In West Africa, lies the continent’s most populous country, Nigeria. An estimated 211 million people live in the 356,669 sq mile span of Nigeria that is made up of 36 semi-autonomous states. Unfortunately, the country has become infamous for being the base of operations for the terrorist group Boko Haram. In 2014, Boko Haram kidnapped and held hostage 276 girls, ages 16-18, from the Government Girls Secondary School in Chibok, Borno. Some of the girls were able to escape, others were confirmed dead, but as of 2021, there are still 100 girls missing.
The kidnapping of schoolgirls in Nigerian states has become increasingly common for several reasons. It is a way for smaller terrorist groups, referred to as bandits by the Nigerian government, to gain attention and notoriety. It provides an easy source of income as people are quick to pay ransoms for children. Over the last decade, the Nigerian government has paid out nearly $18 million in ransom. And as children are involved, the government tends to act with restraint to eliminate the possibility of fatalities. In response to a recent incident in Zamfara, government officials have vowed to step up actions against bandits with the help of drone technology.
Since December 2020, Nigerian bandits have been stepping up their attacks on schools, starting with the abduction of 344 schoolboys in Katsina. On February 17, 2021, 1 student was killed while 27 others were abducted from a school in Kagara. Less than 2 weeks later, on February 26, 279 girls were abducted from the Government Girls Science Secondary School, a boarding school in Zamfara. On March 2, the bandits released the girls, though it is unclear as to what type of negotiation methods were used for the safe return of the students. Nigerian President Muhammadu Buhari condemned the bandits and said that he would “not succumb to blackmail by bandits who target innocent school students in the expectations of huge ransom payments.” Zamfara State Governor Bello Mohammed Matawalle later announced that the girls had been released without a ransom payment.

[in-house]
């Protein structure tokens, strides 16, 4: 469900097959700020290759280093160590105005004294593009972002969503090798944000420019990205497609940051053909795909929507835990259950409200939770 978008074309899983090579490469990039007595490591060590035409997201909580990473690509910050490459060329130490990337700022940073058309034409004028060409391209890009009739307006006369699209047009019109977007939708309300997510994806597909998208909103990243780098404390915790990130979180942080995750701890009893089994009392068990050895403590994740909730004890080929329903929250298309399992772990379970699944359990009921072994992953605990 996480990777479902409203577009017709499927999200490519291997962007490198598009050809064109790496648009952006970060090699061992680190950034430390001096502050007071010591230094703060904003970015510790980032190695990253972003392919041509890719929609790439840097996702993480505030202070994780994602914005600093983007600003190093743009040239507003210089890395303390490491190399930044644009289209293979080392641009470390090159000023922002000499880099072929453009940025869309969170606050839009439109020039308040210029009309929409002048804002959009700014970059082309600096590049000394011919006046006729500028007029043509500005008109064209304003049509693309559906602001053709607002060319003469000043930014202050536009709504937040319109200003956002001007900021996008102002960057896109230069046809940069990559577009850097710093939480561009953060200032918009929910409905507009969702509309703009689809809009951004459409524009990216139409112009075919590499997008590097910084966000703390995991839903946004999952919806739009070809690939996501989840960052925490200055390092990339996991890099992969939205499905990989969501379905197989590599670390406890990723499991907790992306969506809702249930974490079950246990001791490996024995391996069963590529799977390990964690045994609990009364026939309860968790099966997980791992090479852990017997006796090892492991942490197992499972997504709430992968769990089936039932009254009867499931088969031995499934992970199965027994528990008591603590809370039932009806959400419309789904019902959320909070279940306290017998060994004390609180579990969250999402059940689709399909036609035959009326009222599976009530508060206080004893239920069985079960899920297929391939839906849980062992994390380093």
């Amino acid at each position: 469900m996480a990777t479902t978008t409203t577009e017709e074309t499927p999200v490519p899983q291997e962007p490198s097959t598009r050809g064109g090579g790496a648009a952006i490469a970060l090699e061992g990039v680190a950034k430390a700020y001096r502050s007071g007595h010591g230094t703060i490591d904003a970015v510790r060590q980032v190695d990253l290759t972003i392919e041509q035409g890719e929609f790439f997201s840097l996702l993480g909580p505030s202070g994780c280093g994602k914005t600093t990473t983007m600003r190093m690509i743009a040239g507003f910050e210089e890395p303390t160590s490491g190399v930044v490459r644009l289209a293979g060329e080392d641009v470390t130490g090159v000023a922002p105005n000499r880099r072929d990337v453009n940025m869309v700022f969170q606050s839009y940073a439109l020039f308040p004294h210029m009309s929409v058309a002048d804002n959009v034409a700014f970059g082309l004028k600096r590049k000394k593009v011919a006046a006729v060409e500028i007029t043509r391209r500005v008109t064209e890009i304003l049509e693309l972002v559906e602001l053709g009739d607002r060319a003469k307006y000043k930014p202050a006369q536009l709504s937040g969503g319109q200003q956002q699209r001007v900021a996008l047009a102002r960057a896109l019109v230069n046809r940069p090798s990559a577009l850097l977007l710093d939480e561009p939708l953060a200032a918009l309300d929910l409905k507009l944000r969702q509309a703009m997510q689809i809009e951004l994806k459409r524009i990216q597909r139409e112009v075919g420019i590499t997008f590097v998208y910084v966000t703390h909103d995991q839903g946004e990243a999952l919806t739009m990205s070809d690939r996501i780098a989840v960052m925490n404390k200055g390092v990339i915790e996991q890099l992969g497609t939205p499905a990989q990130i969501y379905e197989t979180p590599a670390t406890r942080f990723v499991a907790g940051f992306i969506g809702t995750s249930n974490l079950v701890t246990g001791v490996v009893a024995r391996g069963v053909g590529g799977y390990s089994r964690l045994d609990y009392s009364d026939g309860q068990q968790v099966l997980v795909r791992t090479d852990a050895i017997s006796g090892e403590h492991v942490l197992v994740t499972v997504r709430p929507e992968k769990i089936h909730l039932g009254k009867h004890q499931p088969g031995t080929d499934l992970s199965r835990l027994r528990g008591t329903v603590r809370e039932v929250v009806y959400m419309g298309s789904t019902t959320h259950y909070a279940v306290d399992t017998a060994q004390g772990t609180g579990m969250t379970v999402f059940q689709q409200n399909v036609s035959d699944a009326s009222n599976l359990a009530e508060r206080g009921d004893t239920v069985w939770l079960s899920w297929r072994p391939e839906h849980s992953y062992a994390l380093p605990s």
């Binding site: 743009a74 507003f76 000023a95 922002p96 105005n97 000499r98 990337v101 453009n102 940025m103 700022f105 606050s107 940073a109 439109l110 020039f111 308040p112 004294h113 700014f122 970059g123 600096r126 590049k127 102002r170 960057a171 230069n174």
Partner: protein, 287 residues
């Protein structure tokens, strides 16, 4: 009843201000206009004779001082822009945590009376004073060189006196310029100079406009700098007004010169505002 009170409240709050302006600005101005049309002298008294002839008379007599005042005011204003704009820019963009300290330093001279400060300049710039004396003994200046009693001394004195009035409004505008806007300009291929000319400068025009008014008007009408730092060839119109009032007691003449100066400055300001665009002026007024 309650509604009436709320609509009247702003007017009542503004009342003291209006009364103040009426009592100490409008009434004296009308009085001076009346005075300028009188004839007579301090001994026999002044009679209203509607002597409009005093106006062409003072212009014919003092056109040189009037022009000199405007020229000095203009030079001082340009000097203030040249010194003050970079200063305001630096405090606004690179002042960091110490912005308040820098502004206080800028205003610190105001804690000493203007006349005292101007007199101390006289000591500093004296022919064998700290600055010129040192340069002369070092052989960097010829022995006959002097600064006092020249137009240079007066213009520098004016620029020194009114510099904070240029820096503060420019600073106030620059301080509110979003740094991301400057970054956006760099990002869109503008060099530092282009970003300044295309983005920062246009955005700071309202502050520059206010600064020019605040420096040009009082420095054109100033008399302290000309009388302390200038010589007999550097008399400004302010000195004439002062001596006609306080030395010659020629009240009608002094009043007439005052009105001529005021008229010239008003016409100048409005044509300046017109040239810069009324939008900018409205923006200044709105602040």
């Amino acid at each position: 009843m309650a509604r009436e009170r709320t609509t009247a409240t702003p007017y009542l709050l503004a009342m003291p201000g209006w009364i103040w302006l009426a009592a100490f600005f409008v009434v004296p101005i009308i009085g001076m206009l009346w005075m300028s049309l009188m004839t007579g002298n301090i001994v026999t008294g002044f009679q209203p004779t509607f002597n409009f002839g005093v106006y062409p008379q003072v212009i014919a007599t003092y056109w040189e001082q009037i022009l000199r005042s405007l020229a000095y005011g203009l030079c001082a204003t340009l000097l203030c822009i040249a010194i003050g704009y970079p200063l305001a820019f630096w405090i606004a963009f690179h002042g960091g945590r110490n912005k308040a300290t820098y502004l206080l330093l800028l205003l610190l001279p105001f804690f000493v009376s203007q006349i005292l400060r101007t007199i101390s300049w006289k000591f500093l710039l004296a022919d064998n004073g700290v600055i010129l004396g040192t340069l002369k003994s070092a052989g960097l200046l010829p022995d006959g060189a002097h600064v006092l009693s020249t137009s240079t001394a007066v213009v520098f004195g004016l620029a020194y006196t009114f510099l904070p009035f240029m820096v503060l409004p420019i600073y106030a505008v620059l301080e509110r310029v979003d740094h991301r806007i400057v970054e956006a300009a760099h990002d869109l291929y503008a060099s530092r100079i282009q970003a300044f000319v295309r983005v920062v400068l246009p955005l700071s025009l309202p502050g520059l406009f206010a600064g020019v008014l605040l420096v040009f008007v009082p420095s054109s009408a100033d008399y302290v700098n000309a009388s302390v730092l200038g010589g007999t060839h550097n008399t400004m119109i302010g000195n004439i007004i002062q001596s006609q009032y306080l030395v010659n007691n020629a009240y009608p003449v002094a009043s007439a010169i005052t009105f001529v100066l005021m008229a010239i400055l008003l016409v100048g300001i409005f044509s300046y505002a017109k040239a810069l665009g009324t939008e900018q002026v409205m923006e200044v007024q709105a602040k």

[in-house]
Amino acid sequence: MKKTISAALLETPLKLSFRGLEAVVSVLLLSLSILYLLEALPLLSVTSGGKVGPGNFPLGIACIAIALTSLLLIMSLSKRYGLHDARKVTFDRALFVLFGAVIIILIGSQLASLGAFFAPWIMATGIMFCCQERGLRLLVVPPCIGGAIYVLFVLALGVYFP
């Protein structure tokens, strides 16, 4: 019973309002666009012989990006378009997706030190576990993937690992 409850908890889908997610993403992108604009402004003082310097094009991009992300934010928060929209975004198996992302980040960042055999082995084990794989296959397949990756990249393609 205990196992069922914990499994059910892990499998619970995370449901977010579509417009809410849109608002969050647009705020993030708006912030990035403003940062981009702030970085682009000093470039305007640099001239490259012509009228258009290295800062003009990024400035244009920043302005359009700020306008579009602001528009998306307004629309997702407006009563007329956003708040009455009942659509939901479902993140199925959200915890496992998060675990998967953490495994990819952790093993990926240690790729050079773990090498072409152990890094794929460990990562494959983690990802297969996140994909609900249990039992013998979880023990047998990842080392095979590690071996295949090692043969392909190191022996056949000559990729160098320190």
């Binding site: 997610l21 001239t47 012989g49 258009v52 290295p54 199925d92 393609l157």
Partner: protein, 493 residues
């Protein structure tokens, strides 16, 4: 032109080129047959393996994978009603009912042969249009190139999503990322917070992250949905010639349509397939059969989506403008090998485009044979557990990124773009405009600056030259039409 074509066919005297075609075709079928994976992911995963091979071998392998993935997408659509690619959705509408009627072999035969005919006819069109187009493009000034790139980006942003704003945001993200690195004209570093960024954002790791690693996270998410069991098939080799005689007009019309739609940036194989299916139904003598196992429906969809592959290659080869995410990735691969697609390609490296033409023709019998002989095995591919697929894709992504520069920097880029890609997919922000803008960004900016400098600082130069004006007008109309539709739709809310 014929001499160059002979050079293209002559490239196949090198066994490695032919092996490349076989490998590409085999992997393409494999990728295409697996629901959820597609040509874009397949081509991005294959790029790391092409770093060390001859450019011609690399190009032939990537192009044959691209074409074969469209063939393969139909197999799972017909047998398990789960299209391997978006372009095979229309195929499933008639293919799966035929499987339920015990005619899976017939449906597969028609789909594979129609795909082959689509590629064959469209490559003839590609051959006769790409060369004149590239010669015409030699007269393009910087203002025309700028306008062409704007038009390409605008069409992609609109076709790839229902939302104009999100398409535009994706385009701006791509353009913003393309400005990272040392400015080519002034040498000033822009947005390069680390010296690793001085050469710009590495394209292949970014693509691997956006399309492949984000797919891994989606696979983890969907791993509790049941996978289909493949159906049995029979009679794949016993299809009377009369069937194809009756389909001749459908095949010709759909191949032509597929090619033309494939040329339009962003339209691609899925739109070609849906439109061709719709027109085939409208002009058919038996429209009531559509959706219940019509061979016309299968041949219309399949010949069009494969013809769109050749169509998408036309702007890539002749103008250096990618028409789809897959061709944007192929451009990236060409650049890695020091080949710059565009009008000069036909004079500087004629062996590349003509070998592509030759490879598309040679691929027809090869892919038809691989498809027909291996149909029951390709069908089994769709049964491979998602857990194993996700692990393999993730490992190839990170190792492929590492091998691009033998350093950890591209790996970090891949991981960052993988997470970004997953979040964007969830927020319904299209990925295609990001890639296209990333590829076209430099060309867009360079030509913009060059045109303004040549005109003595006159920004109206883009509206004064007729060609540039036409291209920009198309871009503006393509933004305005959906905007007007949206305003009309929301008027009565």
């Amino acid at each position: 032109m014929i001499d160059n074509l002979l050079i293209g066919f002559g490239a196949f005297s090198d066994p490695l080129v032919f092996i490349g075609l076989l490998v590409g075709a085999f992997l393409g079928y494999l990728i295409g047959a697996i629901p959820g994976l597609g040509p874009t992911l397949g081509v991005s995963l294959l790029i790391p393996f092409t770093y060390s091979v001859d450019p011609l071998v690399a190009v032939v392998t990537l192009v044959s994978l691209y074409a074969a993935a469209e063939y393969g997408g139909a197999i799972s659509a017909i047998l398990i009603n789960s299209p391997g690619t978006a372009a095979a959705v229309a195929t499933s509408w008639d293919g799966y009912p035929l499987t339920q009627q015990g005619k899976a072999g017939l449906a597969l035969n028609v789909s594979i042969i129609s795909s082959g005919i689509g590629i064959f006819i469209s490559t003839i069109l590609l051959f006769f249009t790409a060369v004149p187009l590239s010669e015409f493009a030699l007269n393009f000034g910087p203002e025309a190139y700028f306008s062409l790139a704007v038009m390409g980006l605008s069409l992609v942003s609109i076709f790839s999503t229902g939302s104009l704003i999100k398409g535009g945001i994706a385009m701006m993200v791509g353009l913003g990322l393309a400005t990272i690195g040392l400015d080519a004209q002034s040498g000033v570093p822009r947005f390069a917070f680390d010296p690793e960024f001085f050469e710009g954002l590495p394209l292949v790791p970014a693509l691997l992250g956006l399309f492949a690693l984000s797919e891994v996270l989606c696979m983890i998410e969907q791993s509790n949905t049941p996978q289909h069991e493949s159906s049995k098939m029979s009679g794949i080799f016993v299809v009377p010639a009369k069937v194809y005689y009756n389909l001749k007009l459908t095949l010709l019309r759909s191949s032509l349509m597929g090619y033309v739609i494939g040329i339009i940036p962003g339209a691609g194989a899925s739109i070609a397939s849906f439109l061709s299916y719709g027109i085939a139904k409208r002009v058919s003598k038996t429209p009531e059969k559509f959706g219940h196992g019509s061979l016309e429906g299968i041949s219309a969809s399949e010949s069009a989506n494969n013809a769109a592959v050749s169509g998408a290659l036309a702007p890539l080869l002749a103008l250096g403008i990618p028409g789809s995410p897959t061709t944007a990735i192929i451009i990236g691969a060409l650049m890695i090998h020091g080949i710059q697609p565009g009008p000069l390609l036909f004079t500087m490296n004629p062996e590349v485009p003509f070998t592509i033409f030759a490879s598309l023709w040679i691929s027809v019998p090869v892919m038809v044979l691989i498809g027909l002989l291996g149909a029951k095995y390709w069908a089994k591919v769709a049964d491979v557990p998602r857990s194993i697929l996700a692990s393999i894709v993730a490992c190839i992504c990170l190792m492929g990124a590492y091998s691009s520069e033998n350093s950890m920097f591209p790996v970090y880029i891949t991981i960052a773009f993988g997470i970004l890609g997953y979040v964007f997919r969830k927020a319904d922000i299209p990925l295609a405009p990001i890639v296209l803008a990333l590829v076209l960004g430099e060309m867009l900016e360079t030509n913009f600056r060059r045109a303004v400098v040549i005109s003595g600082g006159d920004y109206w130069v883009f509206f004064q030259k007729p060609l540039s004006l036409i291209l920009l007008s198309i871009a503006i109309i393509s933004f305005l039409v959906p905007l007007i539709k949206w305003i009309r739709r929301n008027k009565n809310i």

Governor Matawalle is determined to see banditry come to an end in Zamfara, and hopefully the rest of Nigeria. However, he knows this is not something that can be done without investor intervention. After returning from a 2 week trip with other government officials to the United Kingdom and Turkey, Governor Matawalle has announced his plans to combat Zamfara’s bandits. “The trip was to seek assistance in the matters of security, job creation, and invitation of foreign investors for socio-economic growth,” Governor Matawalle said. “Zamfara State has become the colony of banditry not only in the northern states but in Nigeria as a whole, and the state has suffered from the destruction of socio-economic growth. Now, the state government has it in mind to purchase armed drones to access bandit hideouts and strengthen intelligence gathering to battle the banditry and other criminalities in the state.”
The girls abducted from Zamfara were taken to the nearby Dangulbi forest, a well known base of operation for many bandit groups. With access to fresh water and food, the forest provides the bandits with an enclave to orchestrate and hold prisoners. Patrolling the forest is too dangerous for police on the ground. But with the help of drones equipped with HD, thermal imaging cameras, police have a chance to gather the intelligence needed to put a stop to what President Buhari called the “inhumane and totally unacceptable” abduction of schoolchildren.